Obama leads Romney and Santorum in November showdowns

President Barack Obamaholds a double-digit lead over GOP presidential candidates Mitt Romney and Rick Santorum in hypothetical general election matchups, according to a new poll.

And a CNN/ORC International survey released Wednesday also indicates that the president’s approval rating has inched over the 50% mark in CNN surveys for the first time since last May, when the polls were still registering the after effects of the death of Osama bin Laden. The number of Americans who say the economy’s in good shape has jumped 13 points since January, though the survey shows a majority still think it is in poor shape. – Follow the Ticker on Twitter: @PoliticalTicker

If the general election were held today instead of in early November, 54% of registered voters say they would back Obama, with 43% supporting former Massachusetts Gov. Mitt Romney, the front-runner in the GOP nomination battle. That’s up from a five-point 51%-46% advantage the president held over Romney in February.

And Obama would have a 55%-42% lead over Santorum, the former senator from Pennsylvania who’s Romney’s main rival right now for the nomination. The president led Santorum by a seven-point 52%-45% margin last month.

“President Obama currently wins majority support among groups that have been problematic for him in the past, including men, older voters, and suburbanites,” says CNN Poling Director Keating Holland.  “He has a solid lead among independents as well.”

Remember that the election is not being held today, so the survey is not a prediction of what will happen in the general election.

The poll indicates that Obama is also the only presidential candidate with a personal popularity rating over 50%, with 56% of the public having a favorable view of Obama as a person and 42% seeing him in an unfavorable light. By contrast, nearly half questioned have an unfavorable view of Romney, compared to only 37% with a favorable view. Romney’s unfavorable rating is up six points from 43%, where it stood in CNN polling in January.

“Only 35 percent of independents now have a favorable view of Romney,” Holland notes.

According to the poll, Santorum’ unfavorables outweigh his favorable rating by a 42%-35% margin, and negative views of Santorum have grown every time CNN has measured the favorable rating in polls since last spring.

“The favorable ratings also reveal an institutional advantage for Obama. Forty-eight percent of Americans have a favorable view of the Democratic party, while the Republican party’s favorable rating has dropped to just 35%, with nearly six in ten Americans saying they have an unfavorable view of the GOP,” says Holland. “To put the Democrat’s 48% favorable rating in historical context, the last time the GOP’s rating reached 48% was in 2008.”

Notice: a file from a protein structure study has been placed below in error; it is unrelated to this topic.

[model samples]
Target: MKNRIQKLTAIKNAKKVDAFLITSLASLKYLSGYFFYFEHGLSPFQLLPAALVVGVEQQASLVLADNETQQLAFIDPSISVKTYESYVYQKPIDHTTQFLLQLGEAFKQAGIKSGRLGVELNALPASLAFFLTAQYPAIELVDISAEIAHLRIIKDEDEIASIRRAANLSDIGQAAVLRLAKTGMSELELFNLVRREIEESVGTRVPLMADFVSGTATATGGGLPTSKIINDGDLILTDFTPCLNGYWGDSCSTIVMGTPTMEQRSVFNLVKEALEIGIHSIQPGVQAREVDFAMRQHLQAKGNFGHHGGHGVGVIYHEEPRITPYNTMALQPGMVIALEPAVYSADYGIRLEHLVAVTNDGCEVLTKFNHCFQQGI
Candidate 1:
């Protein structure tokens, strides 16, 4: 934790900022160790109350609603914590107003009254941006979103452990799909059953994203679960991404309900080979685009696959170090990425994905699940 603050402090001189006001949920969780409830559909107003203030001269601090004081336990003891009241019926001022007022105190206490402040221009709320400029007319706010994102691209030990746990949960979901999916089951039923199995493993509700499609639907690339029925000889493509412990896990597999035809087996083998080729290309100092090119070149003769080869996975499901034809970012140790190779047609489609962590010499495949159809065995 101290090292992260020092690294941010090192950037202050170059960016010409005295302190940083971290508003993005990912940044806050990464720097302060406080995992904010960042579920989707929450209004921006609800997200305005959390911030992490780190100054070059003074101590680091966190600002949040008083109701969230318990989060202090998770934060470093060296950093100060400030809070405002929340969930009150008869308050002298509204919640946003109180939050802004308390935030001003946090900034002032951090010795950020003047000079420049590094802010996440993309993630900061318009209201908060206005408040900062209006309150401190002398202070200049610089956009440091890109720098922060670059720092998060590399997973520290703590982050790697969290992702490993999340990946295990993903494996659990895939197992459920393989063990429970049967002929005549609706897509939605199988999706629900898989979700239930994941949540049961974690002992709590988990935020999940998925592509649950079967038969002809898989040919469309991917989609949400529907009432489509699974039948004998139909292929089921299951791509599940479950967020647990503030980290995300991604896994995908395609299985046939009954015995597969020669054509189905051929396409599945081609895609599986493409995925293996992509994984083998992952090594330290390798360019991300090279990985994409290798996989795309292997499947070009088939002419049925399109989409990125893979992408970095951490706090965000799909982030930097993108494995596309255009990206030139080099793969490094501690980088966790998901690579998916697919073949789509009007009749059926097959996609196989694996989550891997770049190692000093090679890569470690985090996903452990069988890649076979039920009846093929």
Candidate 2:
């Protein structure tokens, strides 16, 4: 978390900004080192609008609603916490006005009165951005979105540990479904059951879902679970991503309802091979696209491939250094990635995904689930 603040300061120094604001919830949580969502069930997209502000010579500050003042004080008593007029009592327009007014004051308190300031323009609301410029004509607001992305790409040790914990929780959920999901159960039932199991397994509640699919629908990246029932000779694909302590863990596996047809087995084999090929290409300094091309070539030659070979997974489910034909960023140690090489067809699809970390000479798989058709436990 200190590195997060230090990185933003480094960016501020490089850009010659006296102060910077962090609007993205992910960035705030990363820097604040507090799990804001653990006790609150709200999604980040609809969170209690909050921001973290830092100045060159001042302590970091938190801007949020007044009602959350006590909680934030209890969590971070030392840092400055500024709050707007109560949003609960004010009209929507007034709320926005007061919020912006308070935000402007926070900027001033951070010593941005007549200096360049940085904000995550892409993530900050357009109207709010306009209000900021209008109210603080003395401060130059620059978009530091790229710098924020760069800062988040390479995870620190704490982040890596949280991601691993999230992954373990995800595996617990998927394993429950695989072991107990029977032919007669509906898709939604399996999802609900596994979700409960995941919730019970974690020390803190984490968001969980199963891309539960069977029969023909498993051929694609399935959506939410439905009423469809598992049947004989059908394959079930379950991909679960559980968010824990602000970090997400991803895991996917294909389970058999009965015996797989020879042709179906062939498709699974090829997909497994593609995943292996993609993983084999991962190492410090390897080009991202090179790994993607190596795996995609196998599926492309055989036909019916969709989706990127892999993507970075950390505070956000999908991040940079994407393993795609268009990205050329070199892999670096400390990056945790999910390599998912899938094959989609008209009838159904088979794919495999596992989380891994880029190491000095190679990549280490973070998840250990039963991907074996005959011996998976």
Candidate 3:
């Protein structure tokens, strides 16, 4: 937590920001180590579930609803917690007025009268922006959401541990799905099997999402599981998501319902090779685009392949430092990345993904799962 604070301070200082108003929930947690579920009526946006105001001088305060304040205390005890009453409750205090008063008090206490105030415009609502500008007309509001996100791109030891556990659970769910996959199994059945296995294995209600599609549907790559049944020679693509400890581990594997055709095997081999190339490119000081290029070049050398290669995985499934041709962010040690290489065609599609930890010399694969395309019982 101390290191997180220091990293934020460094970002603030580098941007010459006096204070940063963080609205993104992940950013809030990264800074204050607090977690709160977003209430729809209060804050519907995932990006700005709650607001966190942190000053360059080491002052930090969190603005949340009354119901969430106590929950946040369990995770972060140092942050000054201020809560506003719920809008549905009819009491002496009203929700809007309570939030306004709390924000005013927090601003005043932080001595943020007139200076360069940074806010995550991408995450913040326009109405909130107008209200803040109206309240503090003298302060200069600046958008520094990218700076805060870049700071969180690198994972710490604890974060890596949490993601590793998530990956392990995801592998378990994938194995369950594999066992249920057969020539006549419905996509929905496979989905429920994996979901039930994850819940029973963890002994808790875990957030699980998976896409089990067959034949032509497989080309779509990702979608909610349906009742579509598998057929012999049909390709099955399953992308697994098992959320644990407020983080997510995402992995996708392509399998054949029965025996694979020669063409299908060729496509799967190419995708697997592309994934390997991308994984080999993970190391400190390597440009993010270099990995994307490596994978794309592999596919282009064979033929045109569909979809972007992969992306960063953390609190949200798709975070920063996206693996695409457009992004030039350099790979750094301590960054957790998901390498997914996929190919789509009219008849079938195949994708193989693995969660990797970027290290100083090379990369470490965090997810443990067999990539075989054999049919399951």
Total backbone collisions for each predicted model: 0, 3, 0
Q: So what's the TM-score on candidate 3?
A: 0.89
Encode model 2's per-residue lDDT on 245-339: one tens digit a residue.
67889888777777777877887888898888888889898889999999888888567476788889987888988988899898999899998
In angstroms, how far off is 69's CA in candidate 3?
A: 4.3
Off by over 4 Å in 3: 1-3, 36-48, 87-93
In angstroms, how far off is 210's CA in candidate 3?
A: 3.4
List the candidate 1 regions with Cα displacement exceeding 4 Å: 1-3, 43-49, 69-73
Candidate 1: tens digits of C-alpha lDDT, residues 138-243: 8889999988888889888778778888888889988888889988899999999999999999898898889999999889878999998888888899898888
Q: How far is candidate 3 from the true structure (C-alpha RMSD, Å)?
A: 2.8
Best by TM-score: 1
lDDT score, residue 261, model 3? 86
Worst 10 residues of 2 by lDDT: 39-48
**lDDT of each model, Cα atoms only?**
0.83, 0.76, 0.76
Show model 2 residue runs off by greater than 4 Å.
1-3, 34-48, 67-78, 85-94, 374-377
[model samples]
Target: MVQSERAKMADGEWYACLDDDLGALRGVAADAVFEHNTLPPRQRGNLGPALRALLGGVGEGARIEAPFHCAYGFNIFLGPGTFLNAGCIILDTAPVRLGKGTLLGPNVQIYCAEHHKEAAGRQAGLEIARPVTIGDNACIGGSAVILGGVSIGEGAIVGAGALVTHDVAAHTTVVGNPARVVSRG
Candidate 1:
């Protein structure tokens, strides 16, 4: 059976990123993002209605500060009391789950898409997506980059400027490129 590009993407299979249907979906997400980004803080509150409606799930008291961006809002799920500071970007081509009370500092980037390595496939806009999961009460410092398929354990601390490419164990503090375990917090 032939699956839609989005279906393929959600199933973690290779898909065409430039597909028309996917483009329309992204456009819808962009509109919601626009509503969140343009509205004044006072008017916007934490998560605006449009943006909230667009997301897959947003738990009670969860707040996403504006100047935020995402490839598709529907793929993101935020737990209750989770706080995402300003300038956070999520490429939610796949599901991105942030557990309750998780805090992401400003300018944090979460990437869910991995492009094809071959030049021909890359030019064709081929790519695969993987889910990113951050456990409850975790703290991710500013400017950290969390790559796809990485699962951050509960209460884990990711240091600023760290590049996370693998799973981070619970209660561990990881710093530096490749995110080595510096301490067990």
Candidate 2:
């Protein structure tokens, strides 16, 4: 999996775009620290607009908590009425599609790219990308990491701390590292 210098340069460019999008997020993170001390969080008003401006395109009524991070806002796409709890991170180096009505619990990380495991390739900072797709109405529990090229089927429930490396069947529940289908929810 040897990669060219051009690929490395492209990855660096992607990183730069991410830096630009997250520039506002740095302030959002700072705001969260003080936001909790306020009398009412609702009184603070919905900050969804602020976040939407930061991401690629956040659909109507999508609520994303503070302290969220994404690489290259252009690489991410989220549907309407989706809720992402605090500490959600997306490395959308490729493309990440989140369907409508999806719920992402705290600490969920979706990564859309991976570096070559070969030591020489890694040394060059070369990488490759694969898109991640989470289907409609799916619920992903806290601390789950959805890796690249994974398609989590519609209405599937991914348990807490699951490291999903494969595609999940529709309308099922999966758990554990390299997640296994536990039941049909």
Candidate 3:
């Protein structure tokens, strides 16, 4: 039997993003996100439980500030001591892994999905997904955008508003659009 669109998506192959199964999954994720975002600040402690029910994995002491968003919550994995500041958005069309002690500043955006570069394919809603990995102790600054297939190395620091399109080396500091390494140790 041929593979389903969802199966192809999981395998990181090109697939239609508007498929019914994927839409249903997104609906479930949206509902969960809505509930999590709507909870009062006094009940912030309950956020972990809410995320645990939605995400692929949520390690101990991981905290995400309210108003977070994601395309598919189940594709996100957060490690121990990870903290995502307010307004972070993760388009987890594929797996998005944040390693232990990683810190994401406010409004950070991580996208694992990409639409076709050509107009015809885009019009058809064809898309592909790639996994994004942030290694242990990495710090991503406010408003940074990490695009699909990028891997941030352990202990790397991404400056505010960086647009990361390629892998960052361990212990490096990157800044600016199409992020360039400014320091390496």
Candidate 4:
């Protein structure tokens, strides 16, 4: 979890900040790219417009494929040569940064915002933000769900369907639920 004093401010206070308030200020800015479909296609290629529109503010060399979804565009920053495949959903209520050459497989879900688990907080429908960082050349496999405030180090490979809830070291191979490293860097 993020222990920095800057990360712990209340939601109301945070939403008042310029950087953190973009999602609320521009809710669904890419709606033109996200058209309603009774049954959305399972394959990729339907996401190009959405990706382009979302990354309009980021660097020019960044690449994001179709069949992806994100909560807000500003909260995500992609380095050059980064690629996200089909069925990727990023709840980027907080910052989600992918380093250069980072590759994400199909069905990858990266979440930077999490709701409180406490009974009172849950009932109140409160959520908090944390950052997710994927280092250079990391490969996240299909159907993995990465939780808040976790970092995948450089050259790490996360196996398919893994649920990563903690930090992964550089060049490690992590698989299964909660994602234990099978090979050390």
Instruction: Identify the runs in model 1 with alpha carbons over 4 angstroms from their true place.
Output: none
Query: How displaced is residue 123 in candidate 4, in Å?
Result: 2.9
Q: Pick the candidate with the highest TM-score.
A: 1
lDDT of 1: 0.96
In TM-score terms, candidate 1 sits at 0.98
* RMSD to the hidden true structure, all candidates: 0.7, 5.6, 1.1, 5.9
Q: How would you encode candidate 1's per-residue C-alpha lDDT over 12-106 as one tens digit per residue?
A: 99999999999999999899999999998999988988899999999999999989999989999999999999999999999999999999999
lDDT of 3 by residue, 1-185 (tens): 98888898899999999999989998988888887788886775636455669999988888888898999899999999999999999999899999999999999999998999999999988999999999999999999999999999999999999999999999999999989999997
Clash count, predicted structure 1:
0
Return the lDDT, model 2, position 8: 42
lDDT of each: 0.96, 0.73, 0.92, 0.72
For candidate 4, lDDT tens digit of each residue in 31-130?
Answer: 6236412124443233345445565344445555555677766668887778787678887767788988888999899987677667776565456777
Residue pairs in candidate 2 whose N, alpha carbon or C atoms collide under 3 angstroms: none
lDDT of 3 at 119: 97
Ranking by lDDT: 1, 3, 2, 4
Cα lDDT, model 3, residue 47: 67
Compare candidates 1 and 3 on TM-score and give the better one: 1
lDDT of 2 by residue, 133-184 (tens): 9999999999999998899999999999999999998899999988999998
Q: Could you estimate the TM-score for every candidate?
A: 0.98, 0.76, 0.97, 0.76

That indicates that the party may still be suffering from a “Bush hangover,” and the results of a question on the economy tend to bear that out. Thirty-one percent of those surveyed say that the economic conditions in the country are good – the highest level in more than four years. But nearly seven in ten say the economic conditions right now are poor.

Although Obama has been president for more than three years, 56% of Americans continue to blame former President George W. Bush and the Republicans for the country’s current economic problems, with only 29% blaming Obama and the Democrats.

All that may be contributing to a rise in the president’s approval rating, with 51% giving him a thumbs-up for his job performance and 45% disapproving how his handling his duties. Obama’s approval rating has edged up four points since January, when it stood at 47%.

The enthusiasm gap, which greatly benefited Republicans in the 2010 midterm elections, is a non-factor right now. Sixty-four percent of Republicans said in our October poll that they were extremely or very enthusiastic about voting in the 2012 elections. That number dropped to 51% in February and is now at 52%. Only 43% of Democrats in October said they were extremely or very interested in voting in the general election. That now number now stands at 46%.

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